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PM Sipilä: Govt collapsed over sharper differences with Finns Party

Prime Minister Juha Sipilä said Monday afternoon that he will ask President Sauli Niinistö to dissolve the Parliament so that he can lead talks to reconstitute a new government. Sipilä said that the coalition ultimately fell apart over doubts that the Centre and National Coalition parties would find sufficient common ground with the Finns Party on future issues.

PM Juha Sipilä and Finance Minister Petteri Orpo thanked Finns Party chair Jussi Halla-aho for Monday's discussions -- but said party differences had grown too large. Image: Yle

Speaking at a press conference Monday afternoon, Prime Minister Juha Sipilä said that governing coalition members would always have differing values. However he noted that with a new chair at the helm of the Finns Party, those differences had grown larger, and would pose a risk to government's ability to function.

"We've already had to stretch our value base to its extreme, and now those value differences are even bigger," Sipilä said.

Sipilä told journalists that during discussions with new Finns Party leader Jussi Halla-aho, the trio discussed his intention to function as party chair and member of the government coalition from Brussels, where he is currently serving as a Member of the European Parliament. According to Sipilä, Halla-aho proposed relying on the party's vice chairs and the party leadership.

The PM said that the coalition partners also reviewed Halla-aho's potential nominees for ministerial positions following a cabinet reshuffle. Sipilä noted that while Halla-aho did not provide any names, he was able to surmise that potential candidates would not inspire confidence.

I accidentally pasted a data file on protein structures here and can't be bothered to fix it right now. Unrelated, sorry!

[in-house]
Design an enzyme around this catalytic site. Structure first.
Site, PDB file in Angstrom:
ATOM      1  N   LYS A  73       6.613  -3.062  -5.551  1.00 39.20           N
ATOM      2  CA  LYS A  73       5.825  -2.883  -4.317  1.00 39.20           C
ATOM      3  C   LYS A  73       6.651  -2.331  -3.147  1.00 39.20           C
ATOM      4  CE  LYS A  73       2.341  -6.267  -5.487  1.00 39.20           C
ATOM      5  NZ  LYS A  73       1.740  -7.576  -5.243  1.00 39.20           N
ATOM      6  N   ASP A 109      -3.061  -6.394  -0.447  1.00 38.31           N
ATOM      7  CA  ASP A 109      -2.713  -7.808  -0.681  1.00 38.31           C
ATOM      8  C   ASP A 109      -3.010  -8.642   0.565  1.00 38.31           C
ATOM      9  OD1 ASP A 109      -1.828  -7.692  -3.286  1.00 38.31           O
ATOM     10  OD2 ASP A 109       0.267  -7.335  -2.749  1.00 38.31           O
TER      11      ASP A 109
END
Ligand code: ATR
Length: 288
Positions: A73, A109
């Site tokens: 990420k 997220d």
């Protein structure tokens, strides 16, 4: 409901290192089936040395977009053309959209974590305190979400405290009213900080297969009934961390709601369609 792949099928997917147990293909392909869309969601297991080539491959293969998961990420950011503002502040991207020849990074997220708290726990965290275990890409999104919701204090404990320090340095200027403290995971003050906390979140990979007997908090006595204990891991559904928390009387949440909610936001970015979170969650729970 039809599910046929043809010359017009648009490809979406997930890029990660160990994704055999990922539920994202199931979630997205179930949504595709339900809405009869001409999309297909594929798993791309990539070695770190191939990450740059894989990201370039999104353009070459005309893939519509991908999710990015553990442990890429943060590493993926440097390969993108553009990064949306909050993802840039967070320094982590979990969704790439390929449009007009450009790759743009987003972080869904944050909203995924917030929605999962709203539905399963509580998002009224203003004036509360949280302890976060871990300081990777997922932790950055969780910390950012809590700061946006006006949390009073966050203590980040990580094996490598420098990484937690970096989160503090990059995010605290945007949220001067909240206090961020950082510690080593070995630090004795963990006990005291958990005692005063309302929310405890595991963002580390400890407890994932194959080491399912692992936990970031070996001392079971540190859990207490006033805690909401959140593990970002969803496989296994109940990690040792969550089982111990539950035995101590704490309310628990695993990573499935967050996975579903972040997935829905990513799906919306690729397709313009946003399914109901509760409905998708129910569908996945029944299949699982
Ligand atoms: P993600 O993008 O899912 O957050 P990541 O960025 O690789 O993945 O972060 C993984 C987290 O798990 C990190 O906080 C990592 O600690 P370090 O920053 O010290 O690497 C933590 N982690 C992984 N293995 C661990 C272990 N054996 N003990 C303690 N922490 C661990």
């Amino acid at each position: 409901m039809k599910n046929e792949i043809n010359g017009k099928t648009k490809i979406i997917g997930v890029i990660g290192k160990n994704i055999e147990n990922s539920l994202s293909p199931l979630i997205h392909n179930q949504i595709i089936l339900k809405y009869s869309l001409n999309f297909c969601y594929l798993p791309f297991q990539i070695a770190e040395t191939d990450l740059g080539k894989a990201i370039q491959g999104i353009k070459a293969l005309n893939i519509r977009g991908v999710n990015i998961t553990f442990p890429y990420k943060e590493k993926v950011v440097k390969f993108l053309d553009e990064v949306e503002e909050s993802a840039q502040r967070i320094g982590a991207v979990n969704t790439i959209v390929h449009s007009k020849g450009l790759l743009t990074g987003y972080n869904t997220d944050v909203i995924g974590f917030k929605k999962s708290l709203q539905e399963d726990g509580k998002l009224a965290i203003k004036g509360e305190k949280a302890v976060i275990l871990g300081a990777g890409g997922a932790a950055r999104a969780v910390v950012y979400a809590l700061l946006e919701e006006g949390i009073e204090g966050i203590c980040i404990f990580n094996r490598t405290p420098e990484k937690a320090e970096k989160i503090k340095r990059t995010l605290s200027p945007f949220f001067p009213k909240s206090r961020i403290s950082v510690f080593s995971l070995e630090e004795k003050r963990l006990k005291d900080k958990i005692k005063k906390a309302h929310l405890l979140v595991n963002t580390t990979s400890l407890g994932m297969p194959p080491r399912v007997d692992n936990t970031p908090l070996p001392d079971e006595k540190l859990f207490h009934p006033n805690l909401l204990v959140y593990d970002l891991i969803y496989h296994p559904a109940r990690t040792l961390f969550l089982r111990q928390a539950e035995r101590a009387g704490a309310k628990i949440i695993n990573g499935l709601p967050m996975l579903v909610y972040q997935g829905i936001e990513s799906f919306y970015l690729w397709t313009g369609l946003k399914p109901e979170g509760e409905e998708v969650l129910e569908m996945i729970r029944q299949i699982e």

"I will therefore go to the President and ask him to dissolve the government," Sipilä declared. He added that once Parliament is dissolved, he would begin discussions aimed at assembling a new coalition as soon as possible.

Orpo: Human rights crucial

Minister of Finance and National Coalition Party leader Petteri Orpo also weighed in on the government crisis, emphasising that inalienable human rights should be every government party's concern.

"Human rights are the bedrock of modern Western democracy, not an issue of political correctness or party liturgy," he said in the presser. "The current government programme is based on these values, and the NCP will only join a coalition whose members stands by these values."

Orpo, like Sipilä, thanked Halla-aho for an open discussion, but also remarked that many questions remain unanswered and that Halla-aho's way of speaking about immigration – the new Finns Party leader's main platform – was "difficult to accept or even understand".

"We want to conduct humane politics for the Finnish people, where everyone is respected equally," Orpo said. "We will follow the government programme as closely as possible."

Orpo also said that the decision to ditch the Finns Party was not an easy one, and that the future is uncertain. But one thing seemed clear.

"The chair of a government party must be present and reachable in the country itself, so leading the Finns Party from abroad in Brussels is an untenable idea," Orpo said. "One could question whether the Finns Party is even fully functional at this time."